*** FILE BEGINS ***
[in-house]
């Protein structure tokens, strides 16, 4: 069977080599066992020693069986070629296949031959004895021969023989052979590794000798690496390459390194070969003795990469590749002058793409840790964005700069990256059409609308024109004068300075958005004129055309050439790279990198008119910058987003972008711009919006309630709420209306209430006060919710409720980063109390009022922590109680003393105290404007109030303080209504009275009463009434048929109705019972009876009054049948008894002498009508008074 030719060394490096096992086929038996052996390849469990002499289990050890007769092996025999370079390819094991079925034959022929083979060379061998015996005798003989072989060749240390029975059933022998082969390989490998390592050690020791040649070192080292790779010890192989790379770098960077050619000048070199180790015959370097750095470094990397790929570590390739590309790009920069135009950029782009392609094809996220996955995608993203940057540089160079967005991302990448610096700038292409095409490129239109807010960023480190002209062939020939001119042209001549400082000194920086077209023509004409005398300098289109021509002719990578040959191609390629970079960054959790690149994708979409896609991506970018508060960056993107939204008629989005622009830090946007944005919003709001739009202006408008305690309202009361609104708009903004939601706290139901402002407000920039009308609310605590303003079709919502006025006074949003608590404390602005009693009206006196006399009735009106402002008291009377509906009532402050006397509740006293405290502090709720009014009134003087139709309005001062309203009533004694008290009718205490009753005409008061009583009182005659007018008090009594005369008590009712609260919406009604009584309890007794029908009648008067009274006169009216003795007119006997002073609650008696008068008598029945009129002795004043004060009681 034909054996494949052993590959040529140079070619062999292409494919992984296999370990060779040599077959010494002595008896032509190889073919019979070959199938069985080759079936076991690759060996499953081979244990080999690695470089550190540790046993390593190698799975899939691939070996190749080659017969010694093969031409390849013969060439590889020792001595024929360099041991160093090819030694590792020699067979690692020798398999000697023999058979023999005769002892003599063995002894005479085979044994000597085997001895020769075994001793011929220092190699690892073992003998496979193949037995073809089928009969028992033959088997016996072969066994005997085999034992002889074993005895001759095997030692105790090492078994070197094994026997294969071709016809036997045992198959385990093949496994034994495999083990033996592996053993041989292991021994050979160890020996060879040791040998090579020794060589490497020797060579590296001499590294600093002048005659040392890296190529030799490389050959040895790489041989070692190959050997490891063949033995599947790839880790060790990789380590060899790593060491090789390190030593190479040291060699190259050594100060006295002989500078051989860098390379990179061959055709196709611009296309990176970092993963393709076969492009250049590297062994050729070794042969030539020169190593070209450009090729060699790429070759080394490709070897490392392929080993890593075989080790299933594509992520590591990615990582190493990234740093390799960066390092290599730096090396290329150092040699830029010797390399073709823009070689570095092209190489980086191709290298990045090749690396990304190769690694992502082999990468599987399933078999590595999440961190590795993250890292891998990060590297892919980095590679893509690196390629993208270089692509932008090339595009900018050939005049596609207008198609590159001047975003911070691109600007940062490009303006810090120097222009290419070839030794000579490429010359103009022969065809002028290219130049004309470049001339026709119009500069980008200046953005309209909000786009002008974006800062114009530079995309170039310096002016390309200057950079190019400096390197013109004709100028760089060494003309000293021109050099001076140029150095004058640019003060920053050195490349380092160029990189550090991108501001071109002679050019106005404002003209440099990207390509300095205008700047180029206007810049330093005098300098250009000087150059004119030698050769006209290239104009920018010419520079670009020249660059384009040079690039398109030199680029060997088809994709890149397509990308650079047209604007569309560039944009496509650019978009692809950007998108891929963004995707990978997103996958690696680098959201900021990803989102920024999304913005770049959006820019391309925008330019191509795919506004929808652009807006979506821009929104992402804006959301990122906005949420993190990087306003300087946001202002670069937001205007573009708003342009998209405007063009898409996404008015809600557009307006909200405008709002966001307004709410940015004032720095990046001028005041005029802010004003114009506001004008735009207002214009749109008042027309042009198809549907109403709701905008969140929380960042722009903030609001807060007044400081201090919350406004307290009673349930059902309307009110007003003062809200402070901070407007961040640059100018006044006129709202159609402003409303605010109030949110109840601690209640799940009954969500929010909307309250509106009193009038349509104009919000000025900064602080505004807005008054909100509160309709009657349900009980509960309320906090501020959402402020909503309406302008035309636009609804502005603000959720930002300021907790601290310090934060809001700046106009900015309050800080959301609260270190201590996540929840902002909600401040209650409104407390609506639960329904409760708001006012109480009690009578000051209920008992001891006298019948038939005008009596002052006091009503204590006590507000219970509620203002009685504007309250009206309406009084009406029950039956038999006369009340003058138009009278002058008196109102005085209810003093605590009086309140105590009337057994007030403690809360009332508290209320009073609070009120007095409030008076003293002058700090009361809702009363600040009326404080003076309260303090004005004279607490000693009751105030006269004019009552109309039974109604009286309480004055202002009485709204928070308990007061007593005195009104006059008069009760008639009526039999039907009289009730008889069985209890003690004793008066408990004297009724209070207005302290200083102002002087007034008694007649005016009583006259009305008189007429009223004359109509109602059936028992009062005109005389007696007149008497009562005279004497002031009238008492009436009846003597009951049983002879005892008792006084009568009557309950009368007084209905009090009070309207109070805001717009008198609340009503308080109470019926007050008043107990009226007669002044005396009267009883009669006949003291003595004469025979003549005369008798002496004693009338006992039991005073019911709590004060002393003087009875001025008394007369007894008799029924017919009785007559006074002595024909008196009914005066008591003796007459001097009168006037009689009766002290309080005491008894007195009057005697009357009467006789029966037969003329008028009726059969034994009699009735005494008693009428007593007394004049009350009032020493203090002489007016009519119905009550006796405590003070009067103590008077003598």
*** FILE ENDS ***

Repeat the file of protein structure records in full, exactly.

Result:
[in-house]
């Protein structure tokens, strides 16, 4: 069977080599066992020693069986070629296949031959004895021969023989052979590794000798690496390459390194070969003795990469590749002058793409840790964005700069990256059409609308024109004068300075958005004129055309050439790279990198008119910058987003972008711009919006309630709420209306209430006060919710409720980063109390009022922590109680003393105290404007109030303080209504009275009463009434048929109705019972009876009054049948008894002498009508008074 030719060394490096096992086929038996052996390849469990002499289990050890007769092996025999370079390819094991079925034959022929083979060379061998015996005798003989072989060749240390029975059933022998082969390989490998390592050690020791040649070192080292790779010890192989790379770098960077050619000048070199180790015959370097750095470094990397790929570590390739590309790009920069135009950029782009392609094809996220996955995608993203940057540089160079967005991302990448610096700038292409095409490129239109807010960023480190002209062939020939001119042209001549400082000194920086077209023509004409005398300098289109021509002719990578040959191609390629970079960054959790690149994708979409896609991506970018508060960056993107939204008629989005622009830090946007944005919003709001739009202006408008305690309202009361609104708009903004939601706290139901402002407000920039009308609310605590303003079709919502006025006074949003608590404390602005009693009206006196006399009735009106402002008291009377509906009532402050006397509740006293405290502090709720009014009134003087139709309005001062309203009533004694008290009718205490009753005409008061009583009182005659007018008090009594005369008590009712609260919406009604009584309890007794029908009648008067009274006169009216003795007119006997002073609650008696008068008598029945009129002795004043004060009681 034909054996494949052993590959040529140079070619062999292409494919992984296999370990060779040599077959010494002595008896032509190889073919019979070959199938069985080759079936076991690759060996499953081979244990080999690695470089550190540790046993390593190698799975899939691939070996190749080659017969010694093969031409390849013969060439590889020792001595024929360099041991160093090819030694590792020699067979690692020798398999000697023999058979023999005769002892003599063995002894005479085979044994000597085997001895020769075994001793011929220092190699690892073992003998496979193949037995073809089928009969028992033959088997016996072969066994005997085999034992002889074993005895001759095997030692105790090492078994070197094994026997294969071709016809036997045992198959385990093949496994034994495999083990033996592996053993041989292991021994050979160890020996060879040791040998090579020794060589490497020797060579590296001499590294600093002048005659040392890296190529030799490389050959040895790489041989070692190959050997490891063949033995599947790839880790060790990789380590060899790593060491090789390190030593190479040291060699190259050594100060006295002989500078051989860098390379990179061959055709196709611009296309990176970092993963393709076969492009250049590297062994050729070794042969030539020169190593070209450009090729060699790429070759080394490709070897490392392929080993890593075989080790299933594509992520590591990615990582190493990234740093390799960066390092290599730096090396290329150092040699830029010797390399073709823009070689570095092209190489980086191709290298990045090749690396990304190769690694992502082999990468599987399933078999590595999440961190590795993250890292891998990060590297892919980095590679893509690196390629993208270089692509932008090339595009900018050939005049596609207008198609590159001047975003911070691109600007940062490009303006810090120097222009290419070839030794000579490429010359103009022969065809002028290219130049004309470049001339026709119009500069980008200046953005309209909000786009002008974006800062114009530079995309170039310096002016390309200057950079190019400096390197013109004709100028760089060494003309000293021109050099001076140029150095004058640019003060920053050195490349380092160029990189550090991108501001071109002679050019106005404002003209440099990207390509300095205008700047180029206007810049330093005098300098250009000087150059004119030698050769006209290239104009920018010419520079670009020249660059384009040079690039398109030199680029060997088809994709890149397509990308650079047209604007569309560039944009496509650019978009692809950007998108891929963004995707990978997103996958690696680098959201900021990803989102920024999304913005770049959006820019391309925008330019191509795919506004929808652009807006979506821009929104992402804006959301990122906005949420993190990087306003300087946001202002670069937001205007573009708003342009998209405007063009898409996404008015809600557009307006909200405008709002966001307004709410940015004032720095990046001028005041005029802010004003114009506001004008735009207002214009749109008042027309042009198809549907109403709701905008969140929380960042722009903030609001807060007044400081201090919350406004307290009673349930059902309307009110007003003062809200402070901070407007961040640059100018006044006129709202159609402003409303605010109030949110109840601690209640799940009954969500929010909307309250509106009193009038349509104009919000000025900064602080505004807005008054909100509160309709009657349900009980509960309320906090501020959402402020909503309406302008035309636009609804502005603000959720930002300021907790601290310090934060809001700046106009900015309050800080959301609260270190201590996540929840902002909600401040209650409104407390609506639960329904409760708001006012109480009690009578000051209920008992001891006298019948038939005008009596002052006091009503204590006590507000219970509620203002009685504007309250009206309406009084009406029950039956038999006369009340003058138009009278002058008196109102005085209810003093605590009086309140105590009337057994007030403690809360009332508290209320009073609070009120007095409030008076003293002058700090009361809702009363600040009326404080003076309260303090004005004279607490000693009751105030006269004019009552109309039974109604009286309480004055202002009485709204928070308990007061007593005195009104006059008069009760008639009526039999039907009289009730008889069985209890003690004793008066408990004297009724209070207005302290200083102002002087007034008694007649005016009583006259009305008189007429009223004359109509109602059936028992009062005109005389007696007149008497009562005279004497002031009238008492009436009846003597009951049983002879005892008792006084009568009557309950009368007084209905009090009070309207109070805001717009008198609340009503308080109470019926007050008043107990009226007669002044005396009267009883009669006949003291003595004469025979003549005369008798002496004693009338006992039991005073019911709590004060002393003087009875001025008394007369007894008799029924017919009785007559006074002595024909008196009914005066008591003796007459001097009168006037009689009766002290309080005491008894007195009057005697009357009467006789029966037969003329008028009726059969034994009699009735005494008693009428007593007394004049009350009032020493203090002489007016009519119905009550006796405590003070009067103590008077003598």